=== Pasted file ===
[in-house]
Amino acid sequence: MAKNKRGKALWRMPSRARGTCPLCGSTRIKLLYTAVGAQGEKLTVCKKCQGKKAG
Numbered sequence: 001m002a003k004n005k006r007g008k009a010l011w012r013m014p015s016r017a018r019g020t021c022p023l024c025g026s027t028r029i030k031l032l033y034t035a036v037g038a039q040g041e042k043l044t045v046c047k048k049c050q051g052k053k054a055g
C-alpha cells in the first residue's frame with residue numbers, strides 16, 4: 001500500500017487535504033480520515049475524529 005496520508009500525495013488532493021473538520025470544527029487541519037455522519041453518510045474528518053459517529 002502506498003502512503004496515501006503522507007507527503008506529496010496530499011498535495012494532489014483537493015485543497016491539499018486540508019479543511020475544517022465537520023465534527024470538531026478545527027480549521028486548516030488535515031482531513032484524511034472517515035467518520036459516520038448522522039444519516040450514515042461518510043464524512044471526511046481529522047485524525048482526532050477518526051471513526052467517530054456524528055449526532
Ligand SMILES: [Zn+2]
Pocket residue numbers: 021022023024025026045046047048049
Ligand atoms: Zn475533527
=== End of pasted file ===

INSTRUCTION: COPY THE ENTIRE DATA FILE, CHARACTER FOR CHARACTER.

[in-house]
Amino acid sequence: MAKNKRGKALWRMPSRARGTCPLCGSTRIKLLYTAVGAQGEKLTVCKKCQGKKAG
Numbered sequence: 001m002a003k004n005k006r007g008k009a010l011w012r013m014p015s016r017a018r019g020t021c022p023l024c025g026s027t028r029i030k031l032l033y034t035a036v037g038a039q040g041e042k043l044t045v046c047k048k049c050q051g052k053k054a055g
C-alpha cells in the first residue's frame with residue numbers, strides 16, 4: 001500500500017487535504033480520515049475524529 005496520508009500525495013488532493021473538520025470544527029487541519037455522519041453518510045474528518053459517529 002502506498003502512503004496515501006503522507007507527503008506529496010496530499011498535495012494532489014483537493015485543497016491539499018486540508019479543511020475544517022465537520023465534527024470538531026478545527027480549521028486548516030488535515031482531513032484524511034472517515035467518520036459516520038448522522039444519516040450514515042461518510043464524512044471526511046481529522047485524525048482526532050477518526051471513526052467517530054456524528055449526532
Ligand SMILES: [Zn+2]
Pocket residue numbers: 021022023024025026045046047048049
Ligand atoms: Zn475533527